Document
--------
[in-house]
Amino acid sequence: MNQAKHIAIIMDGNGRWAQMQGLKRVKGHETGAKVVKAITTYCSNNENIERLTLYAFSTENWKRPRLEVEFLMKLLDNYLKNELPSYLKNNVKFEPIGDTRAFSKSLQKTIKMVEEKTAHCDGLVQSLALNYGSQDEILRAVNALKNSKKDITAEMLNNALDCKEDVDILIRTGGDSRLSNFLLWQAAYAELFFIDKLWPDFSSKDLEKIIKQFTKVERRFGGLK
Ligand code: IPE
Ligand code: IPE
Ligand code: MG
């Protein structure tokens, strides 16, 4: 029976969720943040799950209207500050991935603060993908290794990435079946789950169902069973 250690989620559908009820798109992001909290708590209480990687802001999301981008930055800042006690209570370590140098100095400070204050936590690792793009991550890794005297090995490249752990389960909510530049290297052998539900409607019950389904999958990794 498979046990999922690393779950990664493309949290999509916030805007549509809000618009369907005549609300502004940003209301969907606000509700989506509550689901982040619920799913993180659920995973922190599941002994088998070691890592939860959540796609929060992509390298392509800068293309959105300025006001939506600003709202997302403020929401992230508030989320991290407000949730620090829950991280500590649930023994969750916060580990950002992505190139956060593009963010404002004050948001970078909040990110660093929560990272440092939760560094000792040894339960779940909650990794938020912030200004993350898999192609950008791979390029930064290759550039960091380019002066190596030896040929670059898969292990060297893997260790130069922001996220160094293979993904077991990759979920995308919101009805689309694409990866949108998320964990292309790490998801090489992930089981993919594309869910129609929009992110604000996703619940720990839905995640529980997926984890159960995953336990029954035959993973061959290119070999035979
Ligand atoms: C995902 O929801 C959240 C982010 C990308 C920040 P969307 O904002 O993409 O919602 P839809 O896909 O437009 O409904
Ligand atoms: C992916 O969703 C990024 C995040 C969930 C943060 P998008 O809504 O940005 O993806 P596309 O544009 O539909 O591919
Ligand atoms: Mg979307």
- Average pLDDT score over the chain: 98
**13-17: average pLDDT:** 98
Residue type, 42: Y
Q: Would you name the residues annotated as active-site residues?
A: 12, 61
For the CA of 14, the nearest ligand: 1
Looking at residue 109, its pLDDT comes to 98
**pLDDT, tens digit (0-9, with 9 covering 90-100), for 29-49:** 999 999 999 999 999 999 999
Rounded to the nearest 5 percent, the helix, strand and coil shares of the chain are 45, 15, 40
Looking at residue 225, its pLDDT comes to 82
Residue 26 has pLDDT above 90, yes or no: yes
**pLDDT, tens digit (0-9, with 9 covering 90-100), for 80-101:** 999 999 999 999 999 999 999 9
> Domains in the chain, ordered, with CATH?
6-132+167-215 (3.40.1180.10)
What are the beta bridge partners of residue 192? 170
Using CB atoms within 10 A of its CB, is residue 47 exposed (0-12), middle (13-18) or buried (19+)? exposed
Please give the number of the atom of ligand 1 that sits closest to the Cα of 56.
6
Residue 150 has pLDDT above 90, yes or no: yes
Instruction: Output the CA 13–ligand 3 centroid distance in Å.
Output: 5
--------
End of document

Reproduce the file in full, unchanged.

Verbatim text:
[in-house]
Amino acid sequence: MNQAKHIAIIMDGNGRWAQMQGLKRVKGHETGAKVVKAITTYCSNNENIERLTLYAFSTENWKRPRLEVEFLMKLLDNYLKNELPSYLKNNVKFEPIGDTRAFSKSLQKTIKMVEEKTAHCDGLVQSLALNYGSQDEILRAVNALKNSKKDITAEMLNNALDCKEDVDILIRTGGDSRLSNFLLWQAAYAELFFIDKLWPDFSSKDLEKIIKQFTKVERRFGGLK
Ligand code: IPE
Ligand code: IPE
Ligand code: MG
């Protein structure tokens, strides 16, 4: 029976969720943040799950209207500050991935603060993908290794990435079946789950169902069973 250690989620559908009820798109992001909290708590209480990687802001999301981008930055800042006690209570370590140098100095400070204050936590690792793009991550890794005297090995490249752990389960909510530049290297052998539900409607019950389904999958990794 498979046990999922690393779950990664493309949290999509916030805007549509809000618009369907005549609300502004940003209301969907606000509700989506509550689901982040619920799913993180659920995973922190599941002994088998070691890592939860959540796609929060992509390298392509800068293309959105300025006001939506600003709202997302403020929401992230508030989320991290407000949730620090829950991280500590649930023994969750916060580990950002992505190139956060593009963010404002004050948001970078909040990110660093929560990272440092939760560094000792040894339960779940909650990794938020912030200004993350898999192609950008791979390029930064290759550039960091380019002066190596030896040929670059898969292990060297893997260790130069922001996220160094293979993904077991990759979920995308919101009805689309694409990866949108998320964990292309790490998801090489992930089981993919594309869910129609929009992110604000996703619940720990839905995640529980997926984890159960995953336990029954035959993973061959290119070999035979
Ligand atoms: C995902 O929801 C959240 C982010 C990308 C920040 P969307 O904002 O993409 O919602 P839809 O896909 O437009 O409904
Ligand atoms: C992916 O969703 C990024 C995040 C969930 C943060 P998008 O809504 O940005 O993806 P596309 O544009 O539909 O591919
Ligand atoms: Mg979307």
- Average pLDDT score over the chain: 98
**13-17: average pLDDT:** 98
Residue type, 42: Y
Q: Would you name the residues annotated as active-site residues?
A: 12, 61
For the CA of 14, the nearest ligand: 1
Looking at residue 109, its pLDDT comes to 98
**pLDDT, tens digit (0-9, with 9 covering 90-100), for 29-49:** 999 999 999 999 999 999 999
Rounded to the nearest 5 percent, the helix, strand and coil shares of the chain are 45, 15, 40
Looking at residue 225, its pLDDT comes to 82
Residue 26 has pLDDT above 90, yes or no: yes
**pLDDT, tens digit (0-9, with 9 covering 90-100), for 80-101:** 999 999 999 999 999 999 999 9
> Domains in the chain, ordered, with CATH?
6-132+167-215 (3.40.1180.10)
What are the beta bridge partners of residue 192? 170
Using CB atoms within 10 A of its CB, is residue 47 exposed (0-12), middle (13-18) or buried (19+)? exposed
Please give the number of the atom of ligand 1 that sits closest to the Cα of 56.
6
Residue 150 has pLDDT above 90, yes or no: yes
Instruction: Output the CA 13–ligand 3 centroid distance in Å.
Output: 5